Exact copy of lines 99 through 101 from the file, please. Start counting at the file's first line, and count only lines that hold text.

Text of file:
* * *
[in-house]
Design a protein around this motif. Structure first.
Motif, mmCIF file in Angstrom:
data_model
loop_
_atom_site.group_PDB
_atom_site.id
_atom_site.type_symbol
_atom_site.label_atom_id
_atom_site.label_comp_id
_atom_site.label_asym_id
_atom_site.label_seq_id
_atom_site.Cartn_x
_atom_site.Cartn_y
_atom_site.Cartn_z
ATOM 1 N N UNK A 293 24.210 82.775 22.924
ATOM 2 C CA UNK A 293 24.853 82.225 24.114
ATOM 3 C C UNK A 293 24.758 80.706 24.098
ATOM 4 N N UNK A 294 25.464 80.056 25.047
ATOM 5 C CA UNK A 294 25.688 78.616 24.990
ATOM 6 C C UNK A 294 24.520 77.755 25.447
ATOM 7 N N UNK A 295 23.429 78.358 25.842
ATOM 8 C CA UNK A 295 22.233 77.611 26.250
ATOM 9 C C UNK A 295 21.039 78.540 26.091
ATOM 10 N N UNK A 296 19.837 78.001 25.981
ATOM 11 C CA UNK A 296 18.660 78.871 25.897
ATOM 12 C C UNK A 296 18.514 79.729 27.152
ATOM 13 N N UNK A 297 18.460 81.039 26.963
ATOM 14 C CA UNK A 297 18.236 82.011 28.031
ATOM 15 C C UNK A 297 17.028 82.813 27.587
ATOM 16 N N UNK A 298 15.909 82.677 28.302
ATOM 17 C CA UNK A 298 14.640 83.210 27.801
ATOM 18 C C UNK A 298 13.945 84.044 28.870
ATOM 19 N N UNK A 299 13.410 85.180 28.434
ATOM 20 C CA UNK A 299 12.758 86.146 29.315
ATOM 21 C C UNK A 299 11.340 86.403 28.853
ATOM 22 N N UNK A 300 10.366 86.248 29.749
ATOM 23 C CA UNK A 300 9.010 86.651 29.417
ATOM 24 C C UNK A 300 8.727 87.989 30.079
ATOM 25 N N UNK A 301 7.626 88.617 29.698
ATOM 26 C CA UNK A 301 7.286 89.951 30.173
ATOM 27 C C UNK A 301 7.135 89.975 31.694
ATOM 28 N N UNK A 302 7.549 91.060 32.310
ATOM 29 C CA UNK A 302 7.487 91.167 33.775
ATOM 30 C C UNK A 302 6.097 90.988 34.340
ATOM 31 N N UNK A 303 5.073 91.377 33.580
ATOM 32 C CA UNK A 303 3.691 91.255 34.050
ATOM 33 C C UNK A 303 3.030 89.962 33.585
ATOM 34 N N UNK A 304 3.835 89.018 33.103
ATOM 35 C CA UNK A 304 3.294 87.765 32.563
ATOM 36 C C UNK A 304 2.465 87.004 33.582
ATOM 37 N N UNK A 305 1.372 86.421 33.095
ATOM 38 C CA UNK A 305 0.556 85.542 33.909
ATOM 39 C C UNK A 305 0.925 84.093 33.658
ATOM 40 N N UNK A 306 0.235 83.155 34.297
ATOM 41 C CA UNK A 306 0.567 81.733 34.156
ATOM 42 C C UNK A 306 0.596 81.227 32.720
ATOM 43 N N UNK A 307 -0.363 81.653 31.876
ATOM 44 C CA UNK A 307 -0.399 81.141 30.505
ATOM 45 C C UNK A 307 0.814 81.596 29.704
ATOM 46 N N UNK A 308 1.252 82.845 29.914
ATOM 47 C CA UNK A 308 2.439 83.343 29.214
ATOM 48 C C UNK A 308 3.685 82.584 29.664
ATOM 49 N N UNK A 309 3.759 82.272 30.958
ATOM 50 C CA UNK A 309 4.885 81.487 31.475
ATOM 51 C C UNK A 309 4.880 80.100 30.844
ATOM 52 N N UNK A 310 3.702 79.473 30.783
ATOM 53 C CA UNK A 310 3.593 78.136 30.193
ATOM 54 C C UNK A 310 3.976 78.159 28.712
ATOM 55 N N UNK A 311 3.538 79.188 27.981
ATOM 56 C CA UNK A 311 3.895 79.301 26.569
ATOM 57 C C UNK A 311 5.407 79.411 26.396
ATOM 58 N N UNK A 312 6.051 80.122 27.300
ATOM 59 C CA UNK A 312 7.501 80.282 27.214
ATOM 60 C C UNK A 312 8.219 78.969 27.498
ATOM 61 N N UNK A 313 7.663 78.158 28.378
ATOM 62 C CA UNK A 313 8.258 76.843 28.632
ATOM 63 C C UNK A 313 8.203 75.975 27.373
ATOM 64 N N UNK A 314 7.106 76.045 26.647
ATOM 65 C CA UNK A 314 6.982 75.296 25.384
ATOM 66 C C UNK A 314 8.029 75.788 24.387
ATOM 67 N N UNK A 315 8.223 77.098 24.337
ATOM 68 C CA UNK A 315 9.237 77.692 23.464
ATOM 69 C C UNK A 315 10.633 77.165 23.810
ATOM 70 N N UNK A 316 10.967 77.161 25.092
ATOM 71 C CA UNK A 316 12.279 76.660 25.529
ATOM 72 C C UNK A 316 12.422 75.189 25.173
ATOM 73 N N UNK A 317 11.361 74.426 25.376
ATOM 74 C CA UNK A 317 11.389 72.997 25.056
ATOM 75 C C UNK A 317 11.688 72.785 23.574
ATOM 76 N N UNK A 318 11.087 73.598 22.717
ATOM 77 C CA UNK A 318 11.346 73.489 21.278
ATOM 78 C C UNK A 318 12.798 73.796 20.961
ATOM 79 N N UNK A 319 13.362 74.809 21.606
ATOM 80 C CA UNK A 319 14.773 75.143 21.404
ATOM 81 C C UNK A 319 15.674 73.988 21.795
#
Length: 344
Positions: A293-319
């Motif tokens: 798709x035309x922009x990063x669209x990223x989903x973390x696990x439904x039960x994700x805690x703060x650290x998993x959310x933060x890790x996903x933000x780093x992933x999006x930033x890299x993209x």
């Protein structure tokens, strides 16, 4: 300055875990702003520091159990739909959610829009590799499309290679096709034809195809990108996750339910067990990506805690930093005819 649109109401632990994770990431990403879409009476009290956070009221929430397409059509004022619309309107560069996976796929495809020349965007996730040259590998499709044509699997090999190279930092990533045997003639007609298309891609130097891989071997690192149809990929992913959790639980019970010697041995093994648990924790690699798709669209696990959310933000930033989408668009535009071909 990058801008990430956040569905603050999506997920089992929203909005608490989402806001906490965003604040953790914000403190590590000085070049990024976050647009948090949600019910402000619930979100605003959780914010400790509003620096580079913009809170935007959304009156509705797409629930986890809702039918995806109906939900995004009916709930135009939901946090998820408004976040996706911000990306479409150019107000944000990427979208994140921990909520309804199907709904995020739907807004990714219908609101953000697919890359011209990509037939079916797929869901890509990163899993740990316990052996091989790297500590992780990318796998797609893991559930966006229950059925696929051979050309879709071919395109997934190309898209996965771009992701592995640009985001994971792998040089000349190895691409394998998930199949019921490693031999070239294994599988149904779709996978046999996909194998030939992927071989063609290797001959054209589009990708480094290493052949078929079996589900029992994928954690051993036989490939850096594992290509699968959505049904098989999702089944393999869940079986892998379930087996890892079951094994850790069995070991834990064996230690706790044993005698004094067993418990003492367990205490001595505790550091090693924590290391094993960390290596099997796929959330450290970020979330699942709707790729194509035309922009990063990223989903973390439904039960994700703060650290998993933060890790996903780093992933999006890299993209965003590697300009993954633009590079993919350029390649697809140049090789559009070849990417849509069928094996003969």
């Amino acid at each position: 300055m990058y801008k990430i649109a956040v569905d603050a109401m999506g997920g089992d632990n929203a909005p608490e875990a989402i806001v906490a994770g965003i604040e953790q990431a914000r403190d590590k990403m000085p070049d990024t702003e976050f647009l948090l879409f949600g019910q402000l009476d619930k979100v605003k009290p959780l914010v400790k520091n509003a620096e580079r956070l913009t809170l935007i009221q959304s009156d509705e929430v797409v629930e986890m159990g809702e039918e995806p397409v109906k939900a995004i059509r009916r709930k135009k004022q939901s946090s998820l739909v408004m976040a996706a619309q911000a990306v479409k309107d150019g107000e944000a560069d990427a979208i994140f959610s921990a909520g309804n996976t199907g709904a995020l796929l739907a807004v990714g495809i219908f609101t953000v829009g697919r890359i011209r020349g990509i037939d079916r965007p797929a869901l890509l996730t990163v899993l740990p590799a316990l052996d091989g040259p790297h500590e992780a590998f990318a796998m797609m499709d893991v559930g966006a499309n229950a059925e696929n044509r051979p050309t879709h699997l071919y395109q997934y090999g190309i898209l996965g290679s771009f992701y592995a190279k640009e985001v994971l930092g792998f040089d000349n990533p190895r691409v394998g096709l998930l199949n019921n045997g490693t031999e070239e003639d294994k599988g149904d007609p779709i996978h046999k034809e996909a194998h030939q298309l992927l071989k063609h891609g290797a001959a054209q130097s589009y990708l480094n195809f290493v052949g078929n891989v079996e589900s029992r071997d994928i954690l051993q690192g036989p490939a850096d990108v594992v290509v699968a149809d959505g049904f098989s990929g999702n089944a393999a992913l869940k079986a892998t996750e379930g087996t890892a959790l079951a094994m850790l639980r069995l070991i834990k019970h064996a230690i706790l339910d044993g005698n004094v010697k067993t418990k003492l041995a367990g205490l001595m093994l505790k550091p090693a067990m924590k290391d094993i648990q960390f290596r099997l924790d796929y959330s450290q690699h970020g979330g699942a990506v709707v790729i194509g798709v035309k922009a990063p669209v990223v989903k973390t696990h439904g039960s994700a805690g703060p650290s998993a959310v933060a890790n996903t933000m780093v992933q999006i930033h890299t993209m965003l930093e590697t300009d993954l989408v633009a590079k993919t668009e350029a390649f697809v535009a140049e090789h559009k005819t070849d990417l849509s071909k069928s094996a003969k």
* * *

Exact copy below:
Positions: A293-319
């Motif tokens: 798709x035309x922009x990063x669209x990223x989903x973390x696990x439904x039960x994700x805690x703060x650290x998993x959310x933060x890790x996903x933000x780093x992933x999006x930033x890299x993209x």
């Protein structure tokens, strides 16, 4: 300055875990702003520091159990739909959610829009590799499309290679096709034809195809990108996750339910067990990506805690930093005819 649109109401632990994770990431990403879409009476009290956070009221929430397409059509004022619309309107560069996976796929495809020349965007996730040259590998499709044509699997090999190279930092990533045997003639007609298309891609130097891989071997690192149809990929992913959790639980019970010697041995093994648990924790690699798709669209696990959310933000930033989408668009535009071909 990058801008990430956040569905603050999506997920089992929203909005608490989402806001906490965003604040953790914000403190590590000085070049990024976050647009948090949600019910402000619930979100605003959780914010400790509003620096580079913009809170935007959304009156509705797409629930986890809702039918995806109906939900995004009916709930135009939901946090998820408004976040996706911000990306479409150019107000944000990427979208994140921990909520309804199907709904995020739907807004990714219908609101953000697919890359011209990509037939079916797929869901890509990163899993740990316990052996091989790297500590992780990318796998797609893991559930966006229950059925696929051979050309879709071919395109997934190309898209996965771009992701592995640009985001994971792998040089000349190895691409394998998930199949019921490693031999070239294994599988149904779709996978046999996909194998030939992927071989063609290797001959054209589009990708480094290493052949078929079996589900029992994928954690051993036989490939850096594992290509699968959505049904098989999702089944393999869940079986892998379930087996890892079951094994850790069995070991834990064996230690706790044993005698004094067993418990003492367990205490001595505790550091090693924590290391094993960390290596099997796929959330450290970020979330699942709707790729194509035309922009990063990223989903973390439904039960994700703060650290998993933060890790996903780093992933999006890299993209965003590697300009993954633009590079993919350029390649697809140049090789559009070849990417849509069928094996003969």